Curbed Atlanta | GSU researcher takes deep dive into Summerhill’s fascinating, turbulent history
With new Summerhill businesses opening, heavy machinery growling at construction sites, and a college football team settled into the former Major League Baseball stadium nearby, Georgia Avenue’s era as an abandoned, boarded-up retail strip might seem distant.
The reality, however, is that those desolate days weren’t long ago.
What might be harder to remember, though, is that Summerhill—one of Atlanta’s oldest African-American neighborhoods—was also once flourishing with retail activity and diverse, communal pride, long before Georgia State University and developer Carter began transforming the area.
“Summerhill has undergone multiple sweeping metamorphoses over the past decades, from which Georgia Avenue was not spared,” writes Dr. Marni Davis, associate professor of history at GSU.
Davis has recently been crafting the “Streetscape Palimpsest: A History of Georgia Avenue,” a website dedicated to chronicling Georgia Avenue’s roller coaster existence. It’s planned to be part of a larger work.
“Before World War II, Georgia Avenue was lined with grocery markets and restaurants, shoe repair shops and convenience stores, butchers and bakers and ice cream makers, even a movie theater,” she writes.
Below are a few key points from Davis’s research that shed light on the ups and downs that have made Summerhill what it is today.
Summerhill used to be two neighborhoods
In the late 1800s, after the Civil War, what’s now considered the east side of Summerhill became “one of Atlanta’s first African-American enclaves” populated largely by freedmen and freedwomen.
To the west and south of that area, wealthy white businesspeople and government officials controlled what many referred to as “the Southside.”
Then, Capitol Avenue was essentially the racial dividing line, with white schools, businesses, and other public institutions to the west and a black community to the east.
Old streetcar lines show how “racial inequality was built into the streets themselves”
A map of streetcar tracks from the early 1920s shows how minuscule the city’s current light rail system is. And it indicates how transportation infrastructure was once designed to favor whites over blacks.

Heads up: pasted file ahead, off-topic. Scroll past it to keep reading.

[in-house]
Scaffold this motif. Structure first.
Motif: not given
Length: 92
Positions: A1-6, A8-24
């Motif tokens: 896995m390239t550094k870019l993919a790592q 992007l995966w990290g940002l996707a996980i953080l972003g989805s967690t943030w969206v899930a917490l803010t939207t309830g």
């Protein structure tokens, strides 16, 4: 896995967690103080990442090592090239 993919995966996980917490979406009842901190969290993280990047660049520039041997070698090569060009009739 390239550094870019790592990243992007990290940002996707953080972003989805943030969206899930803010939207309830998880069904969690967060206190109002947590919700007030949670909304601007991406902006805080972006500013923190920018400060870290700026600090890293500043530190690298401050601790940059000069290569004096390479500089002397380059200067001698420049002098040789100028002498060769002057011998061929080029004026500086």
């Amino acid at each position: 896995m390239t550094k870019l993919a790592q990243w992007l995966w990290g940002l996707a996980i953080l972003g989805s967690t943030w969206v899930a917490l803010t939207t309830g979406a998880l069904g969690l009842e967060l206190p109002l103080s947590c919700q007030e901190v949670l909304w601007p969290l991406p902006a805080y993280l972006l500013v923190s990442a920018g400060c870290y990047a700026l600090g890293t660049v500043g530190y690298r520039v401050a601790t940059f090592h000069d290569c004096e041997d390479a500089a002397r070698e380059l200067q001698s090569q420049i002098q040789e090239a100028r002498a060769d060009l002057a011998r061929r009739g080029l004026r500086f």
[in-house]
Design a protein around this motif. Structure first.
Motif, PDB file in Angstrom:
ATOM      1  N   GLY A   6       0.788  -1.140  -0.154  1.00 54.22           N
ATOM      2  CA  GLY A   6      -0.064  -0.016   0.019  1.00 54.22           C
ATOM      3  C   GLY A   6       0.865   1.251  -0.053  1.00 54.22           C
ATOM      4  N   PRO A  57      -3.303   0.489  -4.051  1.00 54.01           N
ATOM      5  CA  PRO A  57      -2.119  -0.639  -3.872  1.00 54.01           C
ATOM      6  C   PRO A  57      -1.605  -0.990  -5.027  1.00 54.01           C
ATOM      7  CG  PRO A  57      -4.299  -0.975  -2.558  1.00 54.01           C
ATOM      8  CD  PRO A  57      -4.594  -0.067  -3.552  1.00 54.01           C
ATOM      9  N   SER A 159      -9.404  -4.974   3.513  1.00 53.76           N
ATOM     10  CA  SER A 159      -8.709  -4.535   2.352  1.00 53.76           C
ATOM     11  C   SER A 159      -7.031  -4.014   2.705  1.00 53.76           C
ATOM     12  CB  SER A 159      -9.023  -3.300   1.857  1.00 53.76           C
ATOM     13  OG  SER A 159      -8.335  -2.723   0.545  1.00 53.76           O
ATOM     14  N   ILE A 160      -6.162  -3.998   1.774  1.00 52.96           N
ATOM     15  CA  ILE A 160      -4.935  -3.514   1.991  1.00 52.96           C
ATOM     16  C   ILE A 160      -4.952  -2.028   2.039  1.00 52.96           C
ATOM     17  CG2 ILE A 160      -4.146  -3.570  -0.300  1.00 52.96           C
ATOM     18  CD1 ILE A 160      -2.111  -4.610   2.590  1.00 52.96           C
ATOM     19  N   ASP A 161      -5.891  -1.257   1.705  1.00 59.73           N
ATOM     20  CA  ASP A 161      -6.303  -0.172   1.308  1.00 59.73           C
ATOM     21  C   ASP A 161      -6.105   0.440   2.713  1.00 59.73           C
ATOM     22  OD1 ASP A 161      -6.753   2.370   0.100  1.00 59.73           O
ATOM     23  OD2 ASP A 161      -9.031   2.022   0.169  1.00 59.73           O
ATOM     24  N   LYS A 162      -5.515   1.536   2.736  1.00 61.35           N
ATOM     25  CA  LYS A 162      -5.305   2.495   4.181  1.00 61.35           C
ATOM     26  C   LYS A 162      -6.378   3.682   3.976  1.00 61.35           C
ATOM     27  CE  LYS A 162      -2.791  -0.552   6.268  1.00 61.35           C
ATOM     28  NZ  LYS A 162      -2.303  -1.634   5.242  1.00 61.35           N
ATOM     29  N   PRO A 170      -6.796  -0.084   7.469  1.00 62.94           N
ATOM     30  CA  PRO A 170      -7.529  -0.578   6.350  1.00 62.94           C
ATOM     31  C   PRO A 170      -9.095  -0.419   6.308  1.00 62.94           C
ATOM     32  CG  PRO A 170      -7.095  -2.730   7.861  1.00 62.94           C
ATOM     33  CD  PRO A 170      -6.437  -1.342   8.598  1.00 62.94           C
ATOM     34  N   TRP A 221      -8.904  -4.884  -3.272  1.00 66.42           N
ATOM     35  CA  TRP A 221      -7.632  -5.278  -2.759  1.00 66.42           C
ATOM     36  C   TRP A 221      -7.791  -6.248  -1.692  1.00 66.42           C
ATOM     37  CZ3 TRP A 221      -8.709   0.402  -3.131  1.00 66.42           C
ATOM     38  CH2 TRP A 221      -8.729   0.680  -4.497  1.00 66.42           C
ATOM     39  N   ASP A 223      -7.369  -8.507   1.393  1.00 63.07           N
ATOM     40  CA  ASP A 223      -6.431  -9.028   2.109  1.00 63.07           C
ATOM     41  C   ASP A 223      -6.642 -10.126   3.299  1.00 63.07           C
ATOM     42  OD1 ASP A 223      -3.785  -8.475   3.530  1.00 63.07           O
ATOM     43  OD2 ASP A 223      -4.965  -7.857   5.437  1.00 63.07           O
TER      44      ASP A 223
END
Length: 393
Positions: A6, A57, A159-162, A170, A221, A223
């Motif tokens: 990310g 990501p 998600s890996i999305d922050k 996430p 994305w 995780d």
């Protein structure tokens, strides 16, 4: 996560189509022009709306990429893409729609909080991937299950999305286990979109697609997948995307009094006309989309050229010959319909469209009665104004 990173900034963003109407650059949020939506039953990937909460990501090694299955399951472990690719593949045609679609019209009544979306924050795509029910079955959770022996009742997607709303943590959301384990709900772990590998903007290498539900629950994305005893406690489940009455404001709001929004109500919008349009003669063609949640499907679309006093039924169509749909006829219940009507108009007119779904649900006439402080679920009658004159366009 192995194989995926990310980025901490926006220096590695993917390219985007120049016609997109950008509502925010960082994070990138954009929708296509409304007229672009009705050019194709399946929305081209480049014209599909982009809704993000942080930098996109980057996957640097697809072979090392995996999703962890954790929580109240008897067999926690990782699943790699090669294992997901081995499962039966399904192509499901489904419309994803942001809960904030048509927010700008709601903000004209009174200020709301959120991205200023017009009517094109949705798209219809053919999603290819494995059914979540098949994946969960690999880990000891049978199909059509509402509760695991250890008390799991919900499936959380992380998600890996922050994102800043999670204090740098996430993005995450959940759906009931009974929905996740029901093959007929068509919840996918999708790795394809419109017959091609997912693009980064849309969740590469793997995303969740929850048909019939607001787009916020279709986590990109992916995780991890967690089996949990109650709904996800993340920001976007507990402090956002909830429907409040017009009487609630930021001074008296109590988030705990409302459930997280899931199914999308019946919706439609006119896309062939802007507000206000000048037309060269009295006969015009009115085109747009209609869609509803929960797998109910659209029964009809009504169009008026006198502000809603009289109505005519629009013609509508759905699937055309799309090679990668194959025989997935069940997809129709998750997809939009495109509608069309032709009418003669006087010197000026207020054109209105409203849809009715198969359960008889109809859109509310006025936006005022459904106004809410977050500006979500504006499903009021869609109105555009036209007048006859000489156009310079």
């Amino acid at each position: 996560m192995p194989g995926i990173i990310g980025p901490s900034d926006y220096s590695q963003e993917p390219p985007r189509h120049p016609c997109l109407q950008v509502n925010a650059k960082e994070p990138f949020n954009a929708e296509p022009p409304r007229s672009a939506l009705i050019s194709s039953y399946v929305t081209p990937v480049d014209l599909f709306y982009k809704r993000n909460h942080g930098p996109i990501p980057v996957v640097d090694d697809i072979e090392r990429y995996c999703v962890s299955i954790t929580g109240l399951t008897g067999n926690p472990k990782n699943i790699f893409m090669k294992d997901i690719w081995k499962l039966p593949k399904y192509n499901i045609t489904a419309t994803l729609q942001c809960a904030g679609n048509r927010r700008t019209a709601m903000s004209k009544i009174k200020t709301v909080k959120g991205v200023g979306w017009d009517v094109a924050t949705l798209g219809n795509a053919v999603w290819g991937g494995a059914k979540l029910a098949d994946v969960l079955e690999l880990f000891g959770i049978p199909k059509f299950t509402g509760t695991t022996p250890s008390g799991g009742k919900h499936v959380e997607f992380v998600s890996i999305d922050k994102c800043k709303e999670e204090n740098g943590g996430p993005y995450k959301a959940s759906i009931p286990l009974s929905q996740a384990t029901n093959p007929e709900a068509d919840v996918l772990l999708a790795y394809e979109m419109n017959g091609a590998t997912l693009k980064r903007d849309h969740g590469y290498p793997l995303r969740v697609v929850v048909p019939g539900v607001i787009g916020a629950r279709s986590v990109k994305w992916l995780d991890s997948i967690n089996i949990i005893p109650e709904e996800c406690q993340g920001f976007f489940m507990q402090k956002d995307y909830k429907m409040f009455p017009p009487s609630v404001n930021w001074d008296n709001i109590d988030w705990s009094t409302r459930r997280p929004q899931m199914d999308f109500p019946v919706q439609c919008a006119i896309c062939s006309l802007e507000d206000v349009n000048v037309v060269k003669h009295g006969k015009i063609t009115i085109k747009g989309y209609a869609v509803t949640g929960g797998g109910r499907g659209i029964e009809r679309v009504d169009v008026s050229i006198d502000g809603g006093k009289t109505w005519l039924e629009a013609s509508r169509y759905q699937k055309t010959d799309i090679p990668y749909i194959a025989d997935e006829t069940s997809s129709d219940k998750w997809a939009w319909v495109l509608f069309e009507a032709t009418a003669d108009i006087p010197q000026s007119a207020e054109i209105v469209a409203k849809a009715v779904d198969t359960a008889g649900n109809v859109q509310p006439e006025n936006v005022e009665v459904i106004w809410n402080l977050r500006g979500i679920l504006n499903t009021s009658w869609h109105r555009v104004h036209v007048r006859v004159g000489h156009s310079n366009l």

“Georgia Avenue’s streetcar line was one of only two east-west lines serving the city’s southeast quadrant,” writes Davis. “Additional streetcar lines ran from the southern city limits along Capitol, Washington, Central, and Pryor, connecting residents to the city’s political and economic center.”
Summerhill residents didn’t have such ease of access and had to walk blocks and make track transfers to reach public services that more affluent white neighbors visited at their leisure.
“Further, while many of Summerhill’s streets remained unpaved decades into the 20th century, white Southsiders prevailed upon the City Council to regrade and repave Georgia Avenue, then a white residential street, so it might serve as a major artery moving people from Grant Park to the West End.”
Georgia Avenue becomes action-packed in the ’20s and ’30s
Georgia Avenue, stretching through Summerhill and the Southside, became a designated retail district in the 1920s, thanks to new city zoning ordinance maps.
“By 1930, one would find along Georgia Avenue branches of national grocery chains, such as the Great A&P Tea Company, and outposts of local chains, such as Jacobs Pharmacy,” Davis writes. “Eleven grocers, nine general merchandise markets, a butcher, a bakery, several hand laundry and dry cleaning establishments, a barber, and two shoe repair shops amply served the day-to-day household and service needs of the residents of Summerhill and the Southside.”